Race Car Live! - Lotus
There was time for a spin in a rather special Lotus Exige for the dsc Deputy Ed. at a gloriously sunny Brands Hatch on Sunday: it was T-shirt weather.. at the end of October.

“It’s a supercharged Honda VTEC engine,” said a smiling Chris Randall, ”Simon Scuffham’s company has sold about 2-300 of these conversions now, all over the world.”

The installation in the Exige, Elise, or even in a very splendid looking 340R, is extremely neat and the results on track are stunning.

A bog standard Elise is no slouch, but this car pumps out 300bhp and it is accompanied by a very tuneful VTEC scream too!

“This car could do with some attention to the handling,” said Randall as he threw the car into Paddock Hill Bend. To the untrained eye though the handling was sublime, and the braking too! An errant Ford Fiesta was sticking to the racing line like a drunken sailor and it was a case of pick your moment, make sure he’s seen you in the mirrors and blast past – and blast past this thing really does!

With so little weight, the Deputy Ed’s “Who ate all the pies?” physique aside, the 300 horses provide an instant surge of power, humbling much bigger cars in the process: a Ferrari 355 was despatched with no drama whatsoever.

“We had the car here midweek for a corporate day and McLaren was here with some SLR customers. They kept having to pit though, as they seemed to be unwilling to have us overtake them on the straight!”

The Lotus garage was a hive of activity throughout the day: it seems that the initiative to provide a stepping stone into real racing for the trackday warriors is off to a flying start.

Lotus On Track is a thriving club anyway, with Lotus owners able to take advantage of a huge range of circuits, where they can thrash around to their hearts' content: anywhere from Abbeville and Anglesey, through the regular UK tracks, to Zandvoort in Holland - and it's very cheap! Spa is among the more expensive at £160 for the day, but prices dip as low as £60.

New for 2007 is the Lotus On Track Racing Club, "which is intended for our track day customers who want to go racing," explains Simon Scuffham, below. "Since the AutoBytel series folded, there has been nowhere for Lotus guys to race. No one takes any money out of this project, so prices are very keen - and we've planned it so that you can get on the grid for less than £10,000.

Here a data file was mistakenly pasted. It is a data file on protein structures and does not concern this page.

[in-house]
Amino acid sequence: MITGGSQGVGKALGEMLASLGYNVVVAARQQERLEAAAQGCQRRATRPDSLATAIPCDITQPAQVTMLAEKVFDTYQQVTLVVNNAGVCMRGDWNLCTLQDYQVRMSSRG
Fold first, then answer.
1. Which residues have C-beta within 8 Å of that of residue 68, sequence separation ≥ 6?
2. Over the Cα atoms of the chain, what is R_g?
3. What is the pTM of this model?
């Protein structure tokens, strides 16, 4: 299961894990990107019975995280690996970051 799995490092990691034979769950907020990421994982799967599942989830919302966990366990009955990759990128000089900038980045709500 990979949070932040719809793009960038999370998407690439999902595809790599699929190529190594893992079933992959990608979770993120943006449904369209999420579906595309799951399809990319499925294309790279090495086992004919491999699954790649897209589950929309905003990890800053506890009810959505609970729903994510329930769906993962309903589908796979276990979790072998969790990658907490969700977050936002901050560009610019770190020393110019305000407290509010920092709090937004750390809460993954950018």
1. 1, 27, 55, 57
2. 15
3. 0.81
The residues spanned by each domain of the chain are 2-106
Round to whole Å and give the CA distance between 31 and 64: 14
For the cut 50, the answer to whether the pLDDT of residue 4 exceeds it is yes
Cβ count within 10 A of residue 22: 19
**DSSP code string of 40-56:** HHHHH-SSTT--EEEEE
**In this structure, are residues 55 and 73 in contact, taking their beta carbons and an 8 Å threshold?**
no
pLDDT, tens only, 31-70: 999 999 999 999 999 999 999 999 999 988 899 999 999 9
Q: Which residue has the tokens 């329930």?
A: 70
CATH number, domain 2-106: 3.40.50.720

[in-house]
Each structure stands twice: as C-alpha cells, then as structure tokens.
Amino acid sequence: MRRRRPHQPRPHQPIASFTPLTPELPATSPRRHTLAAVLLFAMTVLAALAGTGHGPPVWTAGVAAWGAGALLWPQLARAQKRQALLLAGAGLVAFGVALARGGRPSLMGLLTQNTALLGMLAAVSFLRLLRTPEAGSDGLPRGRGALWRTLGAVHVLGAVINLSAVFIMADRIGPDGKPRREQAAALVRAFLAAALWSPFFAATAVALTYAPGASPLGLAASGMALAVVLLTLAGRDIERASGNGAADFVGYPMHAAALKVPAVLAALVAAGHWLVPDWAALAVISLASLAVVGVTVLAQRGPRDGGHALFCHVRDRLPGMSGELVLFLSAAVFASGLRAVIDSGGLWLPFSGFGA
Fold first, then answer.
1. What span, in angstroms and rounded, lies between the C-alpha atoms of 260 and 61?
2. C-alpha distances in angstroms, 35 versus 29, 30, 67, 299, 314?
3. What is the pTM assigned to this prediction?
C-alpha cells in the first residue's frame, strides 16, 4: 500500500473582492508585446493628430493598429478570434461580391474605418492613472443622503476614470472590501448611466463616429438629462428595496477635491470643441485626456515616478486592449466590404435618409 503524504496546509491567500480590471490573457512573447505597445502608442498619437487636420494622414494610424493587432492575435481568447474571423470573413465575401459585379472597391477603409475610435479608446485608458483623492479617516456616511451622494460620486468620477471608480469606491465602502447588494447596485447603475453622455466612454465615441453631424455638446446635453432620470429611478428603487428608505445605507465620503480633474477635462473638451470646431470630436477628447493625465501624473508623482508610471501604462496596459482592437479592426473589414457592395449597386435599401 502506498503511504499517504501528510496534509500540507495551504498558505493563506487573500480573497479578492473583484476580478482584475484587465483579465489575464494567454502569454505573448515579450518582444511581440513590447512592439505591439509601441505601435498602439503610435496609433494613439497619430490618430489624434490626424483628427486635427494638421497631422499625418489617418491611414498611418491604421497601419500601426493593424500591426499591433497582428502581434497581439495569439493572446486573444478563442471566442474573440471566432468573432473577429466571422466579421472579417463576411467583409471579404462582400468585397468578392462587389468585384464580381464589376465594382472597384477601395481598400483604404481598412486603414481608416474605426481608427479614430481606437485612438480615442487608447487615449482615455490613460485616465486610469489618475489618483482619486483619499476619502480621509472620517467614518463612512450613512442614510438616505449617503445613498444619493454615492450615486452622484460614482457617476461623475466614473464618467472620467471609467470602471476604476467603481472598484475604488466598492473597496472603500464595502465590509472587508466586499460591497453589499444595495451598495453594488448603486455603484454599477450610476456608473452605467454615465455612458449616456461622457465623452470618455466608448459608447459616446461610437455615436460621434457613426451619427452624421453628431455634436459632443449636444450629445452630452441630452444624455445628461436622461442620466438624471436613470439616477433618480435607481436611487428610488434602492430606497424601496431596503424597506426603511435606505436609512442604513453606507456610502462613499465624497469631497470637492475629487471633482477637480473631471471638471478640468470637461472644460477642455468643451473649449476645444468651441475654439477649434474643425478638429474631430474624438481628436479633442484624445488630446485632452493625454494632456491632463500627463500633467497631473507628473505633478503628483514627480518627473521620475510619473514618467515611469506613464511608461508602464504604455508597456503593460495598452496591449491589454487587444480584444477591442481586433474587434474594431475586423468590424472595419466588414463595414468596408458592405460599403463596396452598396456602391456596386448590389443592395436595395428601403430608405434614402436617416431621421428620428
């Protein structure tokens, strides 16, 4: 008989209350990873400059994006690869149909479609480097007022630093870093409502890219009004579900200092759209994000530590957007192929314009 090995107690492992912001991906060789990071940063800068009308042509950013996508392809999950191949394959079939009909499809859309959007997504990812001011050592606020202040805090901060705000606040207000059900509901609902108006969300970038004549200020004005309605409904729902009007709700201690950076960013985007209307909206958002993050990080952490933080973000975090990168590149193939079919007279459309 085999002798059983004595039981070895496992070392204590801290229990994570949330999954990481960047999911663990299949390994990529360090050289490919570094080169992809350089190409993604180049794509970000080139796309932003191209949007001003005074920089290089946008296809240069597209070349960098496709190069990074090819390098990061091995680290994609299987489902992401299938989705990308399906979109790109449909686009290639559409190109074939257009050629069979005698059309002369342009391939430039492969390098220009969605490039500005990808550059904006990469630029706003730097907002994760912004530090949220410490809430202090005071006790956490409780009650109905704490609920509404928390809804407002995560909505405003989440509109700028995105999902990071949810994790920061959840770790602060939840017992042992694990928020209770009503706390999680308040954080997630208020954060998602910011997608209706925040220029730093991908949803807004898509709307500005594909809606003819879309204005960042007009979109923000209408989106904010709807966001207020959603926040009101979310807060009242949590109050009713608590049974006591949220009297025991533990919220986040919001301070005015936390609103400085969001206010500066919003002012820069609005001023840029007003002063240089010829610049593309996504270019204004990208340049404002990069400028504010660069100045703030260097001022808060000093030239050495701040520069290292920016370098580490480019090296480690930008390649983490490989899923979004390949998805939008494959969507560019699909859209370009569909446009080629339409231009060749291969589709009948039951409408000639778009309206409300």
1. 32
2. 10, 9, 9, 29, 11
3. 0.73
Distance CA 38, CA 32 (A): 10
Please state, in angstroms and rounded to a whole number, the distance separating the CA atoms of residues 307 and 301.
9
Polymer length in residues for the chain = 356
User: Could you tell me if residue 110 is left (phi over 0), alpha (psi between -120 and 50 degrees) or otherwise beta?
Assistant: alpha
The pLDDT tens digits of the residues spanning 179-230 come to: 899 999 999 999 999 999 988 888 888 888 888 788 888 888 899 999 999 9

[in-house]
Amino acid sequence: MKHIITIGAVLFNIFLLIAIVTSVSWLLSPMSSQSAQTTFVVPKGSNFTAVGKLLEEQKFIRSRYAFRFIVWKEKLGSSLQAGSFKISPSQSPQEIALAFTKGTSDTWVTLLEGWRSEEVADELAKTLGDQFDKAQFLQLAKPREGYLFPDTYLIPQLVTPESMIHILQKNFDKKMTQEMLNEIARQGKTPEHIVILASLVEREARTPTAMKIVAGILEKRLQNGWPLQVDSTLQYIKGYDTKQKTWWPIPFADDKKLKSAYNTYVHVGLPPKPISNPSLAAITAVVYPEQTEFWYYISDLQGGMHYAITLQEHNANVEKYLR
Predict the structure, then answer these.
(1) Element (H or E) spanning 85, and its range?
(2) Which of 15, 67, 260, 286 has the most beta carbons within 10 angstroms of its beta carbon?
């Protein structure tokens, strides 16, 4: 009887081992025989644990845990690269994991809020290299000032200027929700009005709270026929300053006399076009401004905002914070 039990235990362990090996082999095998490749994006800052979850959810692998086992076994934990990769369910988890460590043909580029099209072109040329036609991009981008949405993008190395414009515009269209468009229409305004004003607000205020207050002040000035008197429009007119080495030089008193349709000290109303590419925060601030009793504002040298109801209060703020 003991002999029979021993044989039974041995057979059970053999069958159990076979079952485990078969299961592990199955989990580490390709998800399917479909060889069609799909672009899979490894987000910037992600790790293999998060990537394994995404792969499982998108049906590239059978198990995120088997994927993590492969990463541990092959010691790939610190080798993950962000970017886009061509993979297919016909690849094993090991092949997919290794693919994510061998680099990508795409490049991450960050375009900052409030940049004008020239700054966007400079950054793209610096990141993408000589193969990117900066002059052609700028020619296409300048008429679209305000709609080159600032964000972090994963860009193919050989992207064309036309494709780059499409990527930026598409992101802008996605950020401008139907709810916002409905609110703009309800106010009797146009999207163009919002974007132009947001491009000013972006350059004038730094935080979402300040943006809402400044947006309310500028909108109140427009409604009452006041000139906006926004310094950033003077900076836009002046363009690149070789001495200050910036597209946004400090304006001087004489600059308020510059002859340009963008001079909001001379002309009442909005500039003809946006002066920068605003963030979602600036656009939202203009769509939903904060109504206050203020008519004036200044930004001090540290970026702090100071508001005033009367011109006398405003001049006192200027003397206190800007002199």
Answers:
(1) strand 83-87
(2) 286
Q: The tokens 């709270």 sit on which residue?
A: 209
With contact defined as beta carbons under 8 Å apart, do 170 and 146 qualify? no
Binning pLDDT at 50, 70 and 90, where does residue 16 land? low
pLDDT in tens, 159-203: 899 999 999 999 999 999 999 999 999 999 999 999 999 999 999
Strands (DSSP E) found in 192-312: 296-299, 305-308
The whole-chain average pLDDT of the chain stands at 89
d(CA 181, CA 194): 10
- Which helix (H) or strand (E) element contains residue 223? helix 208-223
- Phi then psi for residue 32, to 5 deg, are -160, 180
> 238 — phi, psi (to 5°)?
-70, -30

All three classes run on Yokohama control tyres, "and there will obviously be tyre support at every meeting next year, while we've got arrangements with Safety Devices for the roll cages, plus suppliers of fire extinguishers, seats and harnesses. Three Lotus garages will be on hand with a wide range of spare parts, so the customer doesn't need to worry about parts being available if he has a problem."

A lot of thought has gone into this 2007 racing programme: "13 of us are on the committee and we've spent hours getting together and working out the details."

With five months to go before racing starts, "we're over-subcribed. The season starts here at Brands on March 25, and we've already got 45-50 people who want to race."

The calendar, yet to be finally confirmed, is looking something like Brands Hatch, Silverstone, Oulton Park, Donington Park, Castle Combe, Snetterton, Spa and Brands Hatch.

The cars will race in three classes:
Class A - standard road cars, typically Series 1 and 2 Elises, fitted with the necessary safety equipment, plus a change of wheels to suit the Yokohama control tyres. A good number of drivers are planning to drive to the circuits, but the organisers will be laying on two or three trailers "just in case".
Class B - more powerful cars but still road-legal and still fairly standard, and running on the same control tyres.
Class C - typically the supercharged Honda versions, those running big K Series engines and supercharged Vauxhall VXs, all on the same rubber as A and B.

There will be two races at each meeting, each of 20 minutes, preceded by 20 minutes of qualifying.

"The first race is a straightforward scratch race," continues Simon Scuffham, "but the second one is a handicap race based on each car's best lap in either qualifying or in race 1. In theory, the whole field should cross the line and take the chequered flag together - it should be very entertaining! We're hoping to have Class A cars taking the overall win sometimes - while the Class Cs will have to make up three laps on some circuits. Half the points for the meeting come from the handicap race, with the other half from qualifying (one-third of the other half) and race 1 (two-thirds).

"At least half of the drivers will be going racing for the first time," concludes Simon Scuffham. "We're aiming to keep it friendly, keep costs under control and make it entertaining - and we don't want any ********* racing with us!"



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